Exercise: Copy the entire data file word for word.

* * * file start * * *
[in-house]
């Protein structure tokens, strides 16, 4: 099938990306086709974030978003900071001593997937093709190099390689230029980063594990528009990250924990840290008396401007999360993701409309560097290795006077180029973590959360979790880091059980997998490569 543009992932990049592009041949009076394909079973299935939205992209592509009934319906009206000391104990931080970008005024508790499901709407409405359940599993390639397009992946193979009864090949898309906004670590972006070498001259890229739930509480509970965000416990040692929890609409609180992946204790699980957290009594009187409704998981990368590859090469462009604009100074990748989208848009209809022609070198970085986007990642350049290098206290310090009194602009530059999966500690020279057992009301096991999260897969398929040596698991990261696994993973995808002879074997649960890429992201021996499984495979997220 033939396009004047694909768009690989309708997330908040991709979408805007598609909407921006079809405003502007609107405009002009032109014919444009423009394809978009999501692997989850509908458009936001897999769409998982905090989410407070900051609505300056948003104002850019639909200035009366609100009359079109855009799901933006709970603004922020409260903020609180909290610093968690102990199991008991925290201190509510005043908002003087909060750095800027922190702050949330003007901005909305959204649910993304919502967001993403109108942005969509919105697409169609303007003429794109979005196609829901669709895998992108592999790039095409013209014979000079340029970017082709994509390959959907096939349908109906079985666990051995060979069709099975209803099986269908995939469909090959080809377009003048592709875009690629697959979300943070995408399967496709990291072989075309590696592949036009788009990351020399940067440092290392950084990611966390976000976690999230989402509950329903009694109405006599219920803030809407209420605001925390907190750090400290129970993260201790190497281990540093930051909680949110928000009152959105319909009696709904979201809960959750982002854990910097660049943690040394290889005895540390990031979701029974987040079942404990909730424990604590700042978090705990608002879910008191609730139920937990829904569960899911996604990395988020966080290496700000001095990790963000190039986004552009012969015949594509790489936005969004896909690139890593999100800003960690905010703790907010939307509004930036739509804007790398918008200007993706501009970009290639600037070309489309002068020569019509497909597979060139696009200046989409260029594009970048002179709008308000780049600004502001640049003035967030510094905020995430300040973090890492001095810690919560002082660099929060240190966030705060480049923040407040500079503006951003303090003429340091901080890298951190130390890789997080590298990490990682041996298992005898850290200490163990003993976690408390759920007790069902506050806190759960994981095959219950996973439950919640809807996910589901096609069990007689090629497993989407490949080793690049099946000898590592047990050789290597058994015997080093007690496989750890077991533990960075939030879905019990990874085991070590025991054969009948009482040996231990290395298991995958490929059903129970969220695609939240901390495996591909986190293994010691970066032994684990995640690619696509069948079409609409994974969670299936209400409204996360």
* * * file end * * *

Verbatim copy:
[in-house]
């Protein structure tokens, strides 16, 4: 099938990306086709974030978003900071001593997937093709190099390689230029980063594990528009990250924990840290008396401007999360993701409309560097290795006077180029973590959360979790880091059980997998490569 543009992932990049592009041949009076394909079973299935939205992209592509009934319906009206000391104990931080970008005024508790499901709407409405359940599993390639397009992946193979009864090949898309906004670590972006070498001259890229739930509480509970965000416990040692929890609409609180992946204790699980957290009594009187409704998981990368590859090469462009604009100074990748989208848009209809022609070198970085986007990642350049290098206290310090009194602009530059999966500690020279057992009301096991999260897969398929040596698991990261696994993973995808002879074997649960890429992201021996499984495979997220 033939396009004047694909768009690989309708997330908040991709979408805007598609909407921006079809405003502007609107405009002009032109014919444009423009394809978009999501692997989850509908458009936001897999769409998982905090989410407070900051609505300056948003104002850019639909200035009366609100009359079109855009799901933006709970603004922020409260903020609180909290610093968690102990199991008991925290201190509510005043908002003087909060750095800027922190702050949330003007901005909305959204649910993304919502967001993403109108942005969509919105697409169609303007003429794109979005196609829901669709895998992108592999790039095409013209014979000079340029970017082709994509390959959907096939349908109906079985666990051995060979069709099975209803099986269908995939469909090959080809377009003048592709875009690629697959979300943070995408399967496709990291072989075309590696592949036009788009990351020399940067440092290392950084990611966390976000976690999230989402509950329903009694109405006599219920803030809407209420605001925390907190750090400290129970993260201790190497281990540093930051909680949110928000009152959105319909009696709904979201809960959750982002854990910097660049943690040394290889005895540390990031979701029974987040079942404990909730424990604590700042978090705990608002879910008191609730139920937990829904569960899911996604990395988020966080290496700000001095990790963000190039986004552009012969015949594509790489936005969004896909690139890593999100800003960690905010703790907010939307509004930036739509804007790398918008200007993706501009970009290639600037070309489309002068020569019509497909597979060139696009200046989409260029594009970048002179709008308000780049600004502001640049003035967030510094905020995430300040973090890492001095810690919560002082660099929060240190966030705060480049923040407040500079503006951003303090003429340091901080890298951190130390890789997080590298990490990682041996298992005898850290200490163990003993976690408390759920007790069902506050806190759960994981095959219950996973439950919640809807996910589901096609069990007689090629497993989407490949080793690049099946000898590592047990050789290597058994015997080093007690496989750890077991533990960075939030879905019990990874085991070590025991054969009948009482040996231990290395298991995958490929059903129970969220695609939240901390495996591909986190293994010691970066032994684990995640690619696509069948079409609409994974969670299936209400409204996360």